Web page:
The top brass of Toronto’s troubled public-housing corporation is once again under scrutiny, after the agency’s board put its chief executive officer on administrative leave amid a probe into a $1.3-million consulting contract.
Toronto Community Housing Corp., the perpetually cash-strapped city-owned landlord for 60,000 of Toronto’s poorest households, announced on Monday that it had put CEO Kathy Milsom and an unnamed employee on administrative leave after it learned the process to award a contract to a management consultant earlier this year was “flawed” and “did not follow existing TCHC regulations.”
It is the latest furor to hit Canada’s largest social-housing agency, which for years has struggled with scandals, leadership upheavals and a lack of funding to repair its stock of dilapidated units.
TCHC hired a law firm to look into the three-year contract, which was awarded earlier this year to Edmond Mellina of Orchango, a management-consulting agency, to provide what the agency called “change-management consulting services” meant to make it more “tenant-centric.”
The contract, TCHC now says, has been terminated, effective immediately, after a board meeting late on Friday.
The agency also says Ms. Milsom – brought in just last year, after TCHC saw three CEOs come and go in just six years – is not being punished but put on leave to ensure the probe can be carried out fairly. The housing corporation said its vice-president, Sheila Penny, will become acting president and CEO.
“As the review into this matter is ongoing, current CEO Kathy Milsom and the employee who oversaw this RFP [request-for-proposals] process have been placed on administrative leave,” the statement issued on Monday reads. “This is not disciplinary action, but part of a prudent effort to ensure the independence and integrity of the ongoing review.”
Mr. Mellina, contacted by The Globe late Monday afternoon, said he had just received TCHC’s statement and need to seek advice before offering comment or answering questions. Ms. Milsom could not be reached.
TCHC board chairman Kevin Marshman said he could not comment on the details of the investigation. He could not say how long the probe would take. But he said the agency would still forge ahead with reforms aimed at making it more responsive to tenants, as well as plans to spend hundreds of millions of dollars on needed repairs.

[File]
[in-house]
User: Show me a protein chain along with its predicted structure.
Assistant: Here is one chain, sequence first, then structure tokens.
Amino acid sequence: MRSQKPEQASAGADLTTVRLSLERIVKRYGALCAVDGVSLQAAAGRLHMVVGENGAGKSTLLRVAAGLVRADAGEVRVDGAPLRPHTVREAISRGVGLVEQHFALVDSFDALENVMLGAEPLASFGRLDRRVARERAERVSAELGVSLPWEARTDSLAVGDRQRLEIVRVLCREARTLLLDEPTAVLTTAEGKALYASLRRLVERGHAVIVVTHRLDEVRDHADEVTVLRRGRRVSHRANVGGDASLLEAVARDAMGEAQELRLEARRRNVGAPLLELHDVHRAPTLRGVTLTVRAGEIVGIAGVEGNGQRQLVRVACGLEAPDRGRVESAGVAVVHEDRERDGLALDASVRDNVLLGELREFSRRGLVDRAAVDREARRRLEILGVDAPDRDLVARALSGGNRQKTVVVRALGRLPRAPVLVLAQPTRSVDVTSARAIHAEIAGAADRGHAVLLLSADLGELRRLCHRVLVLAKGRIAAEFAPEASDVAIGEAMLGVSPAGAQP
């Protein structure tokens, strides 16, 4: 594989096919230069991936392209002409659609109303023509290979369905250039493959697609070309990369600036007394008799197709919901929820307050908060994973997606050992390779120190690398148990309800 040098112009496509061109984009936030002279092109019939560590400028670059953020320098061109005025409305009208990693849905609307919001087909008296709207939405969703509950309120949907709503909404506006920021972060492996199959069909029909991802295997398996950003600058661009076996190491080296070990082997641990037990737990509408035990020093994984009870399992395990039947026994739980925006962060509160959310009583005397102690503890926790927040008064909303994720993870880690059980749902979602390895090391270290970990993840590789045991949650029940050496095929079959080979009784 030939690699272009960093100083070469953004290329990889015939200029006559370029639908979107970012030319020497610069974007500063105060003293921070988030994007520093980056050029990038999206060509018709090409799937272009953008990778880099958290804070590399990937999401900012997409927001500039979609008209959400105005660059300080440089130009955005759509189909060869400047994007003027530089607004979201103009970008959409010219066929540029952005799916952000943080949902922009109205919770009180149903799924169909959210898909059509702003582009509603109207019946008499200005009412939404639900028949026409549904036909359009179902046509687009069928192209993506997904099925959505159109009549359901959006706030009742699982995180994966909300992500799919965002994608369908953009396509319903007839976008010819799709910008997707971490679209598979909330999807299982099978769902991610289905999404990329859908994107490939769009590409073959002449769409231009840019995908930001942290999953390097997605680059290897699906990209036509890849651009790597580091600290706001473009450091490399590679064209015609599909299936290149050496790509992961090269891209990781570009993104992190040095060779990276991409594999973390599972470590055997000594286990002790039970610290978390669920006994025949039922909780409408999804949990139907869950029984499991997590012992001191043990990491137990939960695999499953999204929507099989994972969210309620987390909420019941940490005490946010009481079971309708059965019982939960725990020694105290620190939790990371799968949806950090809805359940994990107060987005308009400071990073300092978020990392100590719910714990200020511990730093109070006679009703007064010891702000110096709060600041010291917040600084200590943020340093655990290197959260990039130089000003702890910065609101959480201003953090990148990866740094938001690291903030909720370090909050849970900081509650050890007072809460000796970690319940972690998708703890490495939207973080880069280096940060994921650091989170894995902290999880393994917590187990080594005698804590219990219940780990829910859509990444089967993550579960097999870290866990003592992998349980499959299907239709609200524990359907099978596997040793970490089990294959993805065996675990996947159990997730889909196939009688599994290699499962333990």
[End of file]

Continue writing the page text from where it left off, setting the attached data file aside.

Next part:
“The culture change, and improving efficiency and effectiveness, is something the board is interested in continuing," Mr. Marshman said.
Mayor John Tory said in a statement that he agrees with the board’s decision: "The good governance of all city agencies is essential and requires that everyone involved with these organizations is held to the highest standards.”
Ana Bailao, one of three city councillors who sit on the TCHC board, said an interim report on the investigation presented to the board “clearly showed the process was flawed.” But the probe, she said, is not concluded, so the board thought it was prudent to put Ms. Milsom on administrative leave while it continues.
“Our goal is that the investigation will clear things up,” Ms. Bailao said. “That’s why this is happening: We want to ensure that the integrity of the process is kept.”
TCHC has been the subject of several scathing reports in recent years, including a 2014 report from the city’s ombudsman that said the agency’s human-resources practices under then-CEO Eugene Jones had created a “climate of fear," with rampant breaking of rules around hiring and firing staff.
A 2016 report from a task force created by Mr. Tory and led by former mayor and Liberal senator Art Eggleton called for sweeping reforms, including the breaking up of TCHC – the second largest public-housing agency in North America, behind only that of New York City – into smaller units.